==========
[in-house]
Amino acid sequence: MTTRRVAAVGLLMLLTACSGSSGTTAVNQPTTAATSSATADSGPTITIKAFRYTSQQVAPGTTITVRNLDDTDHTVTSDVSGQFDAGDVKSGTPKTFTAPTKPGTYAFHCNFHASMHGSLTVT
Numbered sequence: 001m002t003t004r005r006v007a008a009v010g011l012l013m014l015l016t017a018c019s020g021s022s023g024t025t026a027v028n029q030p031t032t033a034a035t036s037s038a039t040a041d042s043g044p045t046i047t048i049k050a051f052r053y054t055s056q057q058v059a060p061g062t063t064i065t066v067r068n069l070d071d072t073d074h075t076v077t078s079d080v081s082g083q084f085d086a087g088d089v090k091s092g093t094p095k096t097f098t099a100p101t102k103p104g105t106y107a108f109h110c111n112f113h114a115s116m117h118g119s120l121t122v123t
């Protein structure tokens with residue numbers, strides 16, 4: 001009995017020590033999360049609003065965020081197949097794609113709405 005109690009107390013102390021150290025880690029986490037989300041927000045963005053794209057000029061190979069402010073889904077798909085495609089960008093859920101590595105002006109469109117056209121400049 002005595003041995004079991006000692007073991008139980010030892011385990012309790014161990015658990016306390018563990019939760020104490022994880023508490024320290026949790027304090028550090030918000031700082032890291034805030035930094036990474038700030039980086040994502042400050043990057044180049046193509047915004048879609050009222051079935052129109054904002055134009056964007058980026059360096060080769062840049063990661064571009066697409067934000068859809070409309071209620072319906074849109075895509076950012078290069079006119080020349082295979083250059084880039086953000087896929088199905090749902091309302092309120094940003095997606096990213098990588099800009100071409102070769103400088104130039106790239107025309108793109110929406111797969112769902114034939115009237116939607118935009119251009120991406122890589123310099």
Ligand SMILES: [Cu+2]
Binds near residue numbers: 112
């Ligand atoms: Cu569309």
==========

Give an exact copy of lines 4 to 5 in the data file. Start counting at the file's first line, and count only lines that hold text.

């Protein structure tokens with residue numbers, strides 16, 4: 001009995017020590033999360049609003065965020081197949097794609113709405 005109690009107390013102390021150290025880690029986490037989300041927000045963005053794209057000029061190979069402010073889904077798909085495609089960008093859920101590595105002006109469109117056209121400049 002005595003041995004079991006000692007073991008139980010030892011385990012309790014161990015658990016306390018563990019939760020104490022994880023508490024320290026949790027304090028550090030918000031700082032890291034805030035930094036990474038700030039980086040994502042400050043990057044180049046193509047915004048879609050009222051079935052129109054904002055134009056964007058980026059360096060080769062840049063990661064571009066697409067934000068859809070409309071209620072319906074849109075895509076950012078290069079006119080020349082295979083250059084880039086953000087896929088199905090749902091309302092309120094940003095997606096990213098990588099800009100071409102070769103400088104130039106790239107025309108793109110929406111797969112769902114034939115009237116939607118935009119251009120991406122890589123310099």
Ligand SMILES: [Cu+2]